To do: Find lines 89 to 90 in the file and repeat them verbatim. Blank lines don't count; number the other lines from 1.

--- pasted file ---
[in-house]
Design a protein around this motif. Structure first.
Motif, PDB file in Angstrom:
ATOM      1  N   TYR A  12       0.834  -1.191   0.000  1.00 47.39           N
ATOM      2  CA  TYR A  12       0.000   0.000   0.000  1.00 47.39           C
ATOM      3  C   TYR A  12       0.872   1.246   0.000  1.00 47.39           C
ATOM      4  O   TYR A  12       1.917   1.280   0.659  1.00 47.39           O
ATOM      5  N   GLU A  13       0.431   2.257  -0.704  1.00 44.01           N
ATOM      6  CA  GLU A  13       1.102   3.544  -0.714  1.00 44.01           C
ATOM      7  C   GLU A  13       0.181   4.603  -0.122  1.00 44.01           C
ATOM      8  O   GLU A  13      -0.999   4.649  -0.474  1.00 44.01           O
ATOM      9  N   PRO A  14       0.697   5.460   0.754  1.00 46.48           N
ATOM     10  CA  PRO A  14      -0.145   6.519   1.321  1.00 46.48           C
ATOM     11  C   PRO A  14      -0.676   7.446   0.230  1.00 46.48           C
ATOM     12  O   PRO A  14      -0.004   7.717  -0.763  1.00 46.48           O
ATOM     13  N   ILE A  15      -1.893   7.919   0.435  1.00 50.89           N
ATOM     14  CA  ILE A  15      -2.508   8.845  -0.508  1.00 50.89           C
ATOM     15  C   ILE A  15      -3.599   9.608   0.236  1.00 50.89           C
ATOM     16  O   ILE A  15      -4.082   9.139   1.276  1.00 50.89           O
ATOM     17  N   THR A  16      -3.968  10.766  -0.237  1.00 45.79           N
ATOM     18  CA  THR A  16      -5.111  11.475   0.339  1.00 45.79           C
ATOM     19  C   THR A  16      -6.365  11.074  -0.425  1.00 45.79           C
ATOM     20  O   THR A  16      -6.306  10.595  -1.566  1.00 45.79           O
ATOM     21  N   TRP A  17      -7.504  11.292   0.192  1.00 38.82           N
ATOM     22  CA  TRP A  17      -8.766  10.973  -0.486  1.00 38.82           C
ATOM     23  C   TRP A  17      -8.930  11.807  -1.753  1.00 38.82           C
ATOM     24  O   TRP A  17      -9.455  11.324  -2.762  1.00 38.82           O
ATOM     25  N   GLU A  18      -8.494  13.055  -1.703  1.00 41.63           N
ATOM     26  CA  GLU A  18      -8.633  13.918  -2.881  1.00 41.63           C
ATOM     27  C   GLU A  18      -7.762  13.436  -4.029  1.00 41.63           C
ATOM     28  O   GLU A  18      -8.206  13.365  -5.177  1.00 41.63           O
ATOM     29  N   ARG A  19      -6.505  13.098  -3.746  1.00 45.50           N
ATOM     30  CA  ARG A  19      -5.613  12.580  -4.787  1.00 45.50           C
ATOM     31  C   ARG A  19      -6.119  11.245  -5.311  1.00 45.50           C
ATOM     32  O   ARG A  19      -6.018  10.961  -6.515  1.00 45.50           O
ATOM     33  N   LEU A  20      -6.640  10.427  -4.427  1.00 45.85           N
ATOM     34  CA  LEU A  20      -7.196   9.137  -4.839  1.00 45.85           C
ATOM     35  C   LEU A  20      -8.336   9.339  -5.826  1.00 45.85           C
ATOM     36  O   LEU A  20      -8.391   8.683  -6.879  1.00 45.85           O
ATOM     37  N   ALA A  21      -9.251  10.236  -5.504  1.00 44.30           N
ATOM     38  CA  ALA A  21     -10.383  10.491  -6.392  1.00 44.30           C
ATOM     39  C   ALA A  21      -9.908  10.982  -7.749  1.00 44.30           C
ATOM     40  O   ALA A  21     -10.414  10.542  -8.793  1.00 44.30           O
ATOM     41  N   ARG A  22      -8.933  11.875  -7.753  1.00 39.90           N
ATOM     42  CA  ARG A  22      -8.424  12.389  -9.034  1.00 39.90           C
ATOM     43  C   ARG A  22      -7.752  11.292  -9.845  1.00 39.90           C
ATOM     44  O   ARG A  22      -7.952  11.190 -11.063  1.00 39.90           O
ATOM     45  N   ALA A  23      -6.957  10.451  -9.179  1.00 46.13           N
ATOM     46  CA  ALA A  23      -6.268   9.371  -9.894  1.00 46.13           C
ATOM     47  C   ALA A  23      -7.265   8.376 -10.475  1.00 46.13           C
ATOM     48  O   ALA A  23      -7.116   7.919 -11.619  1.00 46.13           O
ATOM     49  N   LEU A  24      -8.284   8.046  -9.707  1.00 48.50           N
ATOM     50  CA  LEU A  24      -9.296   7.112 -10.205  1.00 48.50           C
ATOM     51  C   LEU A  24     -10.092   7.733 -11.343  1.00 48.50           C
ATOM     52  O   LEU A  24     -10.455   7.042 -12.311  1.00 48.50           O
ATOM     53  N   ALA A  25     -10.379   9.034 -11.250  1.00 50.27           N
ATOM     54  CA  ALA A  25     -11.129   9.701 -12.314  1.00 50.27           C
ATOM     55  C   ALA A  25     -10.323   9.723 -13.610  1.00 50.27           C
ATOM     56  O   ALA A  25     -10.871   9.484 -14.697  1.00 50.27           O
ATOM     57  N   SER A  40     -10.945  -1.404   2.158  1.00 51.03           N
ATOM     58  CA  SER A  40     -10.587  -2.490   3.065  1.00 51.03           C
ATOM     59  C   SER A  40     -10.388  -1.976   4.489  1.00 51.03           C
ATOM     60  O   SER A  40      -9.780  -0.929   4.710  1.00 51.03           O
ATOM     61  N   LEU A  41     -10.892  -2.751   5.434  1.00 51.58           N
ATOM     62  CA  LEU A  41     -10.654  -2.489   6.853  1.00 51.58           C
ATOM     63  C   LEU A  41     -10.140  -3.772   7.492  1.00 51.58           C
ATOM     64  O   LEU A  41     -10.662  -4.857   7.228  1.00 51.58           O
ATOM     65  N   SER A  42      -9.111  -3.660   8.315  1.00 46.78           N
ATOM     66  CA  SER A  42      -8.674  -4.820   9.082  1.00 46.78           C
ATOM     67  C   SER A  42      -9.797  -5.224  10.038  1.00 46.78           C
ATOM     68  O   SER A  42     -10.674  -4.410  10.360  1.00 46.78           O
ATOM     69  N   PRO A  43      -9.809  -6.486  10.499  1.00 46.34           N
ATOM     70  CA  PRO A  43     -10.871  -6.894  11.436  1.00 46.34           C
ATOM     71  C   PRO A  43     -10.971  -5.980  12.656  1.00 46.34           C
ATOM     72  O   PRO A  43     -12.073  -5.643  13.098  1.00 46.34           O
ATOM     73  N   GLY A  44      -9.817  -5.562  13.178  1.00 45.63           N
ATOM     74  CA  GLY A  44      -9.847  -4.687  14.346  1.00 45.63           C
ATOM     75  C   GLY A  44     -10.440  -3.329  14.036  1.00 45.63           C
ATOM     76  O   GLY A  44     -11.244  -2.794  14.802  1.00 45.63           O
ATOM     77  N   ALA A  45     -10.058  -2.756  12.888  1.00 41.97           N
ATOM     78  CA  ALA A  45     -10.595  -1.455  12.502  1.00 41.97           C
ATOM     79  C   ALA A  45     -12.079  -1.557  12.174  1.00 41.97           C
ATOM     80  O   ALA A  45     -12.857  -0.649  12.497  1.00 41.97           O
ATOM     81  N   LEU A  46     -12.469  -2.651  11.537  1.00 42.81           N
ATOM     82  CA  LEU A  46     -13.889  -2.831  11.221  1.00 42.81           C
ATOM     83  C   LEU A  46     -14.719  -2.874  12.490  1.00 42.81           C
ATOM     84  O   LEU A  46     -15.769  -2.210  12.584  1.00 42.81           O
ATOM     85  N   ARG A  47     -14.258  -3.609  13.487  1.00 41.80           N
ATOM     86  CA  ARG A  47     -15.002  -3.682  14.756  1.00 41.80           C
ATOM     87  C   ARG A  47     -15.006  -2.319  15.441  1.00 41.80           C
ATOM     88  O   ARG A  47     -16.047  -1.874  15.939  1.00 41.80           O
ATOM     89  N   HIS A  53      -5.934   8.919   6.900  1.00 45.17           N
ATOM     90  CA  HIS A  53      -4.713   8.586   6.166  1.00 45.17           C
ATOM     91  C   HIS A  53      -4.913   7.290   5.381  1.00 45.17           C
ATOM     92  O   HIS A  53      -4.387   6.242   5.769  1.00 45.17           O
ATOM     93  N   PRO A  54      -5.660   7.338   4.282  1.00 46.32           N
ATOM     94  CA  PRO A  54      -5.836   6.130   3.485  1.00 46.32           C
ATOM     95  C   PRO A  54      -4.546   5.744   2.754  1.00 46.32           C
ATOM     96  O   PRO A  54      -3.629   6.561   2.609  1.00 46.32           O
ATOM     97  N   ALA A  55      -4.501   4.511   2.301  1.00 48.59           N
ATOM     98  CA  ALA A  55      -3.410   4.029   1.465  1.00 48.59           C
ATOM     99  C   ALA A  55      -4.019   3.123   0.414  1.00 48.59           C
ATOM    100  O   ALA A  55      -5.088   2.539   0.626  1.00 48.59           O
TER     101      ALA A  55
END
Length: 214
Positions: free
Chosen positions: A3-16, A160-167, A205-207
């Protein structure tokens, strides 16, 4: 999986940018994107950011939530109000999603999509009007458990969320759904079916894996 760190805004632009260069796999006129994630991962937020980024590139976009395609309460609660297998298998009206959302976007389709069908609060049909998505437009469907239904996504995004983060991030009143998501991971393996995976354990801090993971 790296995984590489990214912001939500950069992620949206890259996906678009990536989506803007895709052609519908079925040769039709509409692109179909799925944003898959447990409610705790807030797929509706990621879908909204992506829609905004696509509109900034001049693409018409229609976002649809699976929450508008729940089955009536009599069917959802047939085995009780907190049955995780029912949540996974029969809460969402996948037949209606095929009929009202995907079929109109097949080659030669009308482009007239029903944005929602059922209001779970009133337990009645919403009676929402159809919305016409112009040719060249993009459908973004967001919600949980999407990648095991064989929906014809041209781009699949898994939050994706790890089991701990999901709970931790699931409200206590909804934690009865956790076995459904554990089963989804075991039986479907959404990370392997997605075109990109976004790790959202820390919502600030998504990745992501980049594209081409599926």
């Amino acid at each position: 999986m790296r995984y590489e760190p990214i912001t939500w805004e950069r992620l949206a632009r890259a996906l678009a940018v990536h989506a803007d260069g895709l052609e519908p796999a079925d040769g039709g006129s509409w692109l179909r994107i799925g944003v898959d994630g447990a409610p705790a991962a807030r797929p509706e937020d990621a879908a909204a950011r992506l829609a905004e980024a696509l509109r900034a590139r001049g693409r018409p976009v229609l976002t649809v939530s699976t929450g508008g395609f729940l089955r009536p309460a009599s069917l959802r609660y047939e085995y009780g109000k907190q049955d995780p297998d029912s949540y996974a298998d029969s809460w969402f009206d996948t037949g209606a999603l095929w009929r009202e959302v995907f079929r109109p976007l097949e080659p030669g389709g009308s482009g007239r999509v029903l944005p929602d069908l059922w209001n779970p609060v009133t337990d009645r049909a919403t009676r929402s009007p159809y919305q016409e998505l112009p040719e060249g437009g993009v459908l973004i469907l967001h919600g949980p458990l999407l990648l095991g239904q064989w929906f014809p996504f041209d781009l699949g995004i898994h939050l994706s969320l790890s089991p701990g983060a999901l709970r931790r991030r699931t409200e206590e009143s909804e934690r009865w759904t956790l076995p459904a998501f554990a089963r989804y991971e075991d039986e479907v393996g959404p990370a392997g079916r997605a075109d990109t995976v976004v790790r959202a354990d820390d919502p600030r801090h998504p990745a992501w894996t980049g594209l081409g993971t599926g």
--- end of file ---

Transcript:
ATOM     86  CA  ARG A  47     -15.002  -3.682  14.756  1.00 41.80           C
ATOM     87  C   ARG A  47     -15.006  -2.319  15.441  1.00 41.80           C